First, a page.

CoinEx Tutorial: What Is a Coin-margined Contract?

Similar to a USDT-margined contract, a coin-margined contract is part of the perpetual contract, and is also known as the inverse contract. The biggest difference between the two lies in the selection of margin: unlike USDT-margined contracts that use the pricing currency USDT as a margin, coin-margined contracts apply trading currencies such as BTC and ETH.

In the case of coin-margined contracts, users need to hold the corresponding coin before they can participate in transactions in the contract market. For example, in BTCUSD-margined contracts, users need to transfer BTC as a margin. Simply put, you need to transfer the specific coin and earn that coin in a coin-margined contract.

USDT-margined contracts and coin-margined contracts share one thing in common: the spot market price is anchored in the mechanics of a funding component in a perpetual contract. Contracts allow you to buy for long or sell for short based on your predictions about the future upside and downside of the prices to gain profits. CoinEx offers perpetual contract trading around the clock, with no expiry or settlement date.

You may be confused about the funding fee and the funding rate. So what is a funding rate?

The funding fee is not the fee charged by CoinEx (that is, CoinEx is not involved), but something between users. The funding system ensures the market price near the spot index price for perpetual trading, and the funding rate, below or above zero, determines who needs to pay.

CoinEx introduced the funding system to anchor the market price to the spot price. When the contract price is higher than the spot price (that is, the funding rate is positive), long positions will pay the funding to short position holders with the exact amount, thus lowering the price; if the contract price is lower than the spot price (that is, the funding rate is negative), long position holders will receive it, thus pushing up the price.

In this way, the funding rate can keep the contract price consistent with the spot price as much as possible, even with a certain deviation. The funding will be paid/received every 8 hours, and it only takes place in specific timestamps, i.e. 0:00, 08:00, and 16:00 (UTC). Besides, in the case of forced liquidation, CoinEx will relieve users’ losses through the contract loss mechanism such as the insurance fund and Auto-Deleveraging (ADL).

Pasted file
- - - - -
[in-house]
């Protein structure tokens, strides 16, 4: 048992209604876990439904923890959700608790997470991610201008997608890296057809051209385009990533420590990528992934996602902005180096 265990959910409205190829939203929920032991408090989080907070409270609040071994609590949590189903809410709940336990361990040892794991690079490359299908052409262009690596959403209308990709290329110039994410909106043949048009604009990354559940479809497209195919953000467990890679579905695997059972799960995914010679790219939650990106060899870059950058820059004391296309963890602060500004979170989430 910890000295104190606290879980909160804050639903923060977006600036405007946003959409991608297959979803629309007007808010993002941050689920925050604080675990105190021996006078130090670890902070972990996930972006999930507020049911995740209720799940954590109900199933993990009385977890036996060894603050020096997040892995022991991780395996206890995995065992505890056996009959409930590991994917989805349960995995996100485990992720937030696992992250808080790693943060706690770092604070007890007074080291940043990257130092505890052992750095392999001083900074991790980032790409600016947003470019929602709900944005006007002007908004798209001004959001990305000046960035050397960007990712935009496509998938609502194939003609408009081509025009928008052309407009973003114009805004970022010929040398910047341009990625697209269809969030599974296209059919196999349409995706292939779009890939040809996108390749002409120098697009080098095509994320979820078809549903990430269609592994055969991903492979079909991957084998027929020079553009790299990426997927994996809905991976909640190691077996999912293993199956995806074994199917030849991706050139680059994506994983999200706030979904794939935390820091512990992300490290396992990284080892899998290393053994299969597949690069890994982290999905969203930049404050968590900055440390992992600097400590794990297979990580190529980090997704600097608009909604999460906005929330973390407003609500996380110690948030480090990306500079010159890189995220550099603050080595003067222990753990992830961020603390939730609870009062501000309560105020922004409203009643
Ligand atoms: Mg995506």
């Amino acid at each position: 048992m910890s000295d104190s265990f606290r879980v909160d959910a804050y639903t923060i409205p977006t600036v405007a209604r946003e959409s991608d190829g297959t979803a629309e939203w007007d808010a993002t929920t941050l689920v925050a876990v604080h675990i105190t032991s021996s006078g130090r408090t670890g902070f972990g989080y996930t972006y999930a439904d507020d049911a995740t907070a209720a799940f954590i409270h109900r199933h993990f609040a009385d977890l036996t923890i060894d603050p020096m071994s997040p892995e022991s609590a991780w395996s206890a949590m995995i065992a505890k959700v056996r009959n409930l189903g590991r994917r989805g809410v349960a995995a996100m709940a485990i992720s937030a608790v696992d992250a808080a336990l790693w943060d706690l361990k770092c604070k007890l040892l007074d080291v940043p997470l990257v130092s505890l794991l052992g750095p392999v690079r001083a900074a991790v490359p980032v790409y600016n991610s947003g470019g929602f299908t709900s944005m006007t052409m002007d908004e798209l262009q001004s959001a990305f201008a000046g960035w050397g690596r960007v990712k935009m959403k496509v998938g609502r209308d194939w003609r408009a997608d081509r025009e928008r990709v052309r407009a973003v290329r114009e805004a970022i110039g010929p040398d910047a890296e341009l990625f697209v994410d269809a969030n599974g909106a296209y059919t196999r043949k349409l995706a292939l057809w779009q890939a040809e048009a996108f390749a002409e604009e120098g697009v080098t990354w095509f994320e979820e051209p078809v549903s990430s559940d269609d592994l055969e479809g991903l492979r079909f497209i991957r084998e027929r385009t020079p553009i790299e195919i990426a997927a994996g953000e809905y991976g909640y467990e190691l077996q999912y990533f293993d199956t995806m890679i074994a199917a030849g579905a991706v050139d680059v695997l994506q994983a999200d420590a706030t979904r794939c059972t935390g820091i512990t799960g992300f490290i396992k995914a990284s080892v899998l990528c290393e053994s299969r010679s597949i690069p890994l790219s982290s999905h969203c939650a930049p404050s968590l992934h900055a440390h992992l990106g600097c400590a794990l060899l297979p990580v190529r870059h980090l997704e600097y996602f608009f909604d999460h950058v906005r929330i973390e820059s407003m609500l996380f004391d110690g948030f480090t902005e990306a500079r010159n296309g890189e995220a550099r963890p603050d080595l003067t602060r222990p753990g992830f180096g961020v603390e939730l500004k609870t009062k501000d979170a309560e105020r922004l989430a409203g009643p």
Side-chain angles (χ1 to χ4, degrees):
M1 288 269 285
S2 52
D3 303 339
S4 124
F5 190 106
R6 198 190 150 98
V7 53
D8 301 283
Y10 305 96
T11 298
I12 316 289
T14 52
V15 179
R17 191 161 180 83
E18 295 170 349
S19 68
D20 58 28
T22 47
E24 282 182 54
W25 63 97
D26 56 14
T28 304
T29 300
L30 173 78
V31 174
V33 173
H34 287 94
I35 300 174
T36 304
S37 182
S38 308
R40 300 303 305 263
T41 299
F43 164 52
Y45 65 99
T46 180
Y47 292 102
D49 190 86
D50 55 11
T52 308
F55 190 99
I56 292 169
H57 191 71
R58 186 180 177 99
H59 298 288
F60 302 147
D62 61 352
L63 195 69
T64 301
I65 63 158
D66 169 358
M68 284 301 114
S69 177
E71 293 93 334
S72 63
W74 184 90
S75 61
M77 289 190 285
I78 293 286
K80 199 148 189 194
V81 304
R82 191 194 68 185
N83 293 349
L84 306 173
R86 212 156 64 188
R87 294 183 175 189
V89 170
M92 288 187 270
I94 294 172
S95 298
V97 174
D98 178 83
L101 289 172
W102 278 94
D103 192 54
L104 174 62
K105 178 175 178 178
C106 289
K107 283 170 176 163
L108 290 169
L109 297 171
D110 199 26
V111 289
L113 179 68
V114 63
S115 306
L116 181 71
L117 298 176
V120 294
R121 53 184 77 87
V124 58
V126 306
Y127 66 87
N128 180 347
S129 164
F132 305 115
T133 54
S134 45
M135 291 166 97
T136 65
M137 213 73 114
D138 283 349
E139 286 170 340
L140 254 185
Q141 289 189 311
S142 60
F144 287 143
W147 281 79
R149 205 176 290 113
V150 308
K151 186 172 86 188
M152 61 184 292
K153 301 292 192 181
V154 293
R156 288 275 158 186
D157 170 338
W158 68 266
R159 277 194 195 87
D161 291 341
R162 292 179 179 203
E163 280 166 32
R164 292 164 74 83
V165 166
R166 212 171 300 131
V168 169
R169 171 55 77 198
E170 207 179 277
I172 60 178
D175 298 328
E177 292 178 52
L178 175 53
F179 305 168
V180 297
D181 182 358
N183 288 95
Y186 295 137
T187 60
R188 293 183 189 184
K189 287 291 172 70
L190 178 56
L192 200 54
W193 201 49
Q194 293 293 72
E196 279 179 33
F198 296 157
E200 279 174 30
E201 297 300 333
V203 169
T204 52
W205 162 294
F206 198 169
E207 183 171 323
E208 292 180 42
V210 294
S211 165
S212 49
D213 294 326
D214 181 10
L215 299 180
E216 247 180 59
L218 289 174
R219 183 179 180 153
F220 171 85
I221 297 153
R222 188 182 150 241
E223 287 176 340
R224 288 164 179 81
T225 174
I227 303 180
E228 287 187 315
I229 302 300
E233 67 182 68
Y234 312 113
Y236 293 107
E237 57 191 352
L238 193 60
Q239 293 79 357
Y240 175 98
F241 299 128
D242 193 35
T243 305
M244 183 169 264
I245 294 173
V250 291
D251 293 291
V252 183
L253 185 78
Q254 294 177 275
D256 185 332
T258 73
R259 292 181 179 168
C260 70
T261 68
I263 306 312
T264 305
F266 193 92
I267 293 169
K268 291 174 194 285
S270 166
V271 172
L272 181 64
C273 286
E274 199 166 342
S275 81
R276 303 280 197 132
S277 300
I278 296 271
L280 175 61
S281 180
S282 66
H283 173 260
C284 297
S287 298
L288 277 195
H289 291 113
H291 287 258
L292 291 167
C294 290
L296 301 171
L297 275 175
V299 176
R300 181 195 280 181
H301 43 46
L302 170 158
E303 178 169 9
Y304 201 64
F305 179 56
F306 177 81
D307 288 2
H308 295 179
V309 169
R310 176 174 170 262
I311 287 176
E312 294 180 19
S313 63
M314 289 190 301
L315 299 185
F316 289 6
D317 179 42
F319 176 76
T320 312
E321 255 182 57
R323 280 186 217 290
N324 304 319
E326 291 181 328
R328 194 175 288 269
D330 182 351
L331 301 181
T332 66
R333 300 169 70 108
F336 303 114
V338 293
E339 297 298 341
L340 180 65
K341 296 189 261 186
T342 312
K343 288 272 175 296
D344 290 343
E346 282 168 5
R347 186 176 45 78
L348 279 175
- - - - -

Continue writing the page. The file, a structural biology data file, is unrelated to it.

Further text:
For the time being, BTCUSD, ETHUSD, DOGEUSD, and ADAUSD contract markets are supported for coin-margined contracts on CoinEx, with up to 10X margin available. Users can choose the contract market and margin ratio as needed, and transfer the corresponding coin as the margin to participate in contract trading.

So what kind of users will find coin-margined contracts friendly?

For newcomers with only stablecoins in hand, USDT-margined contracts will be a better choice for two reasons: first, contract trading requires USDT only; second, thanks to the relatively stable value of USDT, the profits and losses will be clearer.

But if a user has BTC, ETH or other cryptocurrencies and is experienced in contract trading, he or she may open a position with the coin-margined contract. When the market booms, the coin-margined contract will increase the coin price and returns as well; but it will also saddle you with amplified losses when the market moves against you.

Last but not the least, contract trading comes with risks. You’d better think twice before trading contracts you’re not familiar with when you know little about the market.

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